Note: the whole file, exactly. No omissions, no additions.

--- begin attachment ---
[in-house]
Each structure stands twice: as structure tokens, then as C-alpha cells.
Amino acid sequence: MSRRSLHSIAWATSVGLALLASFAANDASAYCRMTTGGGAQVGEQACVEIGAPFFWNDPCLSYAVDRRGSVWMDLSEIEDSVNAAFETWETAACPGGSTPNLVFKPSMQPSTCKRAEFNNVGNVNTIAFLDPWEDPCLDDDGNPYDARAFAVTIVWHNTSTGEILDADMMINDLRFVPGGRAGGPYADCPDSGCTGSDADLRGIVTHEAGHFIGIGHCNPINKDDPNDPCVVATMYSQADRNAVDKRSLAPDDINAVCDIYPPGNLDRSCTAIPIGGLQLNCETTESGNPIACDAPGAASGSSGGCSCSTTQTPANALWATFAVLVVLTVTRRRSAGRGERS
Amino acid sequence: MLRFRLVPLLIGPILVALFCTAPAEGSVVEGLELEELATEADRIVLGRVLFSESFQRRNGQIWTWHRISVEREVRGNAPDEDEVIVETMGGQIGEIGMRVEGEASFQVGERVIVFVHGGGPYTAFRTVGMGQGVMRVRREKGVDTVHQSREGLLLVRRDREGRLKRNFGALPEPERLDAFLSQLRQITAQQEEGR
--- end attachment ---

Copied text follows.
[in-house]
Each structure stands twice: as structure tokens, then as C-alpha cells.
Amino acid sequence: MSRRSLHSIAWATSVGLALLASFAANDASAYCRMTTGGGAQVGEQACVEIGAPFFWNDPCLSYAVDRRGSVWMDLSEIEDSVNAAFETWETAACPGGSTPNLVFKPSMQPSTCKRAEFNNVGNVNTIAFLDPWEDPCLDDDGNPYDARAFAVTIVWHNTSTGEILDADMMINDLRFVPGGRAGGPYADCPDSGCTGSDADLRGIVTHEAGHFIGIGHCNPINKDDPNDPCVVATMYSQADRNAVDKRSLAPDDINAVCDIYPPGNLDRSCTAIPIGGLQLNCETTESGNPIACDAPGAASGSSGGCSCSTTQTPANALWATFAVLVVLTVTRRRSAGRGERS
Amino acid sequence: MLRFRLVPLLIGPILVALFCTAPAEGSVVEGLELEELATEADRIVLGRVLFSESFQRRNGQIWTWHRISVEREVRGNAPDEDEVIVETMGGQIGEIGMRVEGEASFQVGERVIVFVHGGGPYTAFRTVGMGQGVMRVRREKGVDTVHQSREGLLLVRRDREGRLKRNFGALPEPERLDAFLSQLRQITAQQEEGR